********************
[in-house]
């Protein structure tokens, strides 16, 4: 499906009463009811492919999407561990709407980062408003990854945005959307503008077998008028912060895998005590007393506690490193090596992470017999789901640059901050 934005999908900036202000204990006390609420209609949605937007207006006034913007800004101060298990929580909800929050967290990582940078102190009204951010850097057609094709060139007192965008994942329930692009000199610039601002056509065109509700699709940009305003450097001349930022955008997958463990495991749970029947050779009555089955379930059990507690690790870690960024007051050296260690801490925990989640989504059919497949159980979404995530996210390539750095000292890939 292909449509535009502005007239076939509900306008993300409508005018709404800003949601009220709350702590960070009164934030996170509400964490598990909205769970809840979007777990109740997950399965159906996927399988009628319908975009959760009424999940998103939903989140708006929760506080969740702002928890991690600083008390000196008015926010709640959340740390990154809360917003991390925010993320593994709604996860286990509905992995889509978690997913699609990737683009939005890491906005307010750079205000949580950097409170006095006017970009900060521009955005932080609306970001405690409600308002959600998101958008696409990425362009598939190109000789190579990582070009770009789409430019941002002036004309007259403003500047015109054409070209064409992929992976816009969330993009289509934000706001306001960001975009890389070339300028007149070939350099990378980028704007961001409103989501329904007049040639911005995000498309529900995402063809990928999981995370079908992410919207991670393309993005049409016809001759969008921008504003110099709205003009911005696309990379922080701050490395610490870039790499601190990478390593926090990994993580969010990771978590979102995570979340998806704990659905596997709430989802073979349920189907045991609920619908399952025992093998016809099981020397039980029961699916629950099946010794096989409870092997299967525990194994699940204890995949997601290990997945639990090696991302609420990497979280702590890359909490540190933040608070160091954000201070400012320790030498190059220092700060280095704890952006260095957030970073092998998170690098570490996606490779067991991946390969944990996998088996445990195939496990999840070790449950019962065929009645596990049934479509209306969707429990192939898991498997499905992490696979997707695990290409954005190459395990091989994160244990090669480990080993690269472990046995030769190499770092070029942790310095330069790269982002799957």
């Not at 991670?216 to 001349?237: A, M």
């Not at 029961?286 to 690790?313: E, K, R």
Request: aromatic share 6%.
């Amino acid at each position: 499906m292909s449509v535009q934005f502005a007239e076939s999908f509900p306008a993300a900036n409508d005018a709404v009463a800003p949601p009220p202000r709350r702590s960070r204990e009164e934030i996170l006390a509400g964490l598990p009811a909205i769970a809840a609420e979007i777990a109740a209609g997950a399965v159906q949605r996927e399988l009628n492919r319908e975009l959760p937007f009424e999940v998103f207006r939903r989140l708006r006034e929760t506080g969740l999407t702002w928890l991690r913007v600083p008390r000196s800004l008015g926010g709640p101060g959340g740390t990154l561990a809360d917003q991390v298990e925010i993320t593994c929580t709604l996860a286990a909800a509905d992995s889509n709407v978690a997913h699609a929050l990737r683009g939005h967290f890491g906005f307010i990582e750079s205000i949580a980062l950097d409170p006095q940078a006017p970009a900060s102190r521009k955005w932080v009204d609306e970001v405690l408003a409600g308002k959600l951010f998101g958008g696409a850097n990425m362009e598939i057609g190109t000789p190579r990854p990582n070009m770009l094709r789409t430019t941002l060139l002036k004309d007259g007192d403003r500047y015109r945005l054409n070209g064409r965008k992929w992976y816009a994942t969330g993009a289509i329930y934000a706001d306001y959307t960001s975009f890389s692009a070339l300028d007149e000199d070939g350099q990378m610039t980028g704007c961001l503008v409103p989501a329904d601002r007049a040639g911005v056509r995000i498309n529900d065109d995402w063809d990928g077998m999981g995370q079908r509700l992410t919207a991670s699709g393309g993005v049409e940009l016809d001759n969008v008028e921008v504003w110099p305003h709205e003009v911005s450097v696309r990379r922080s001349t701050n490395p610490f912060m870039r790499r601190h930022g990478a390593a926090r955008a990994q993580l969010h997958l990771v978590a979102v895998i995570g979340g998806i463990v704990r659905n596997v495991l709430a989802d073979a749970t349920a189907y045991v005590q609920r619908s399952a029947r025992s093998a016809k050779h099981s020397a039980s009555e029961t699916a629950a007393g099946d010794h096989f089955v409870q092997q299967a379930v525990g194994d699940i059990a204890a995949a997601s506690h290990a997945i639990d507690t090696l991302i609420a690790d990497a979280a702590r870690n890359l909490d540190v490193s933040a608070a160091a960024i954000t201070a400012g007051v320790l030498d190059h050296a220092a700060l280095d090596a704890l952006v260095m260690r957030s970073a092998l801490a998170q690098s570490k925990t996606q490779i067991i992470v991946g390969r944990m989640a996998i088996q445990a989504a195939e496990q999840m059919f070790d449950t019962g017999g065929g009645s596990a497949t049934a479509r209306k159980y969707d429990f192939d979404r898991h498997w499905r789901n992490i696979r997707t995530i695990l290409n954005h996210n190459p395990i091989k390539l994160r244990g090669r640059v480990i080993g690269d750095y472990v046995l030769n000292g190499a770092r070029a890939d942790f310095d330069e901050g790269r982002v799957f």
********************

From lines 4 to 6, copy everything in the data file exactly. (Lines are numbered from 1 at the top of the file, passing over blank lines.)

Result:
């Not at 029961?286 to 690790?313: E, K, R």
Request: aromatic share 6%.
């Amino acid at each position: 499906m292909s449509v535009q934005f502005a007239e076939s999908f509900p306008a993300a900036n409508d005018a709404v009463a800003p949601p009220p202000r709350r702590s960070r204990e009164e934030i996170l006390a509400g964490l598990p009811a909205i769970a809840a609420e979007i777990a109740a209609g997950a399965v159906q949605r996927e399988l009628n492919r319908e975009l959760p937007f009424e999940v998103f207006r939903r989140l708006r006034e929760t506080g969740l999407t702002w928890l991690r913007v600083p008390r000196s800004l008015g926010g709640p101060g959340g740390t990154l561990a809360d917003q991390v298990e925010i993320t593994c929580t709604l996860a286990a909800a509905d992995s889509n709407v978690a997913h699609a929050l990737r683009g939005h967290f890491g906005f307010i990582e750079s205000i949580a980062l950097d409170p006095q940078a006017p970009a900060s102190r521009k955005w932080v009204d609306e970001v405690l408003a409600g308002k959600l951010f998101g958008g696409a850097n990425m362009e598939i057609g190109t000789p190579r990854p990582n070009m770009l094709r789409t430019t941002l060139l002036k004309d007259g007192d403003r500047y015109r945005l054409n070209g064409r965008k992929w992976y816009a994942t969330g993009a289509i329930y934000a706001d306001y959307t960001s975009f890389s692009a070339l300028d007149e000199d070939g350099q990378m610039t980028g704007c961001l503008v409103p989501a329904d601002r007049a040639g911005v056509r995000i498309n529900d065109d995402w063809d990928g077998m999981g995370q079908r509700l992410t919207a991670s699709g393309g993005v049409e940009l016809d001759n969008v008028e921008v504003w110099p305003h709205e003009v911005s450097v696309r990379r922080s001349t701050n490395p610490f912060m870039r790499r601190h930022g990478a390593a926090r955008a990994q993580l969010h997958l990771v978590a979102v895998i995570g979340g998806i463990v704990r659905n596997v495991l709430a989802d073979a749970t349920a189907y045991v005590q609920r619908s399952a029947r025992s093998a016809k050779h099981s020397a039980s009555e029961t699916a629950a007393g099946d010794h096989f089955v409870q092997q299967a379930v525990g194994d699940i059990a204890a995949a997601s506690h290990a997945i639990d507690t090696l991302i609420a690790d990497a979280a702590r870690n890359l909490d540190v490193s933040a608070a160091a960024i954000t201070a400012g007051v320790l030498d190059h050296a220092a700060l280095d090596a704890l952006v260095m260690r957030s970073a092998l801490a998170q690098s570490k925990t996606q490779i067991i992470v991946g390969r944990m989640a996998i088996q445990a989504a195939e496990q999840m059919f070790d449950t019962g017999g065929g009645s596990a497949t049934a479509r209306k159980y969707d429990f192939d979404r898991h498997w499905r789901n992490i696979r997707t995530i695990l290409n954005h996210n190459p395990i091989k390539l994160r244990g090669r640059v480990i080993g690269d750095y472990v046995l030769n000292g190499a770092r070029a890939d942790f310095d330069e901050g790269r982002v799957f």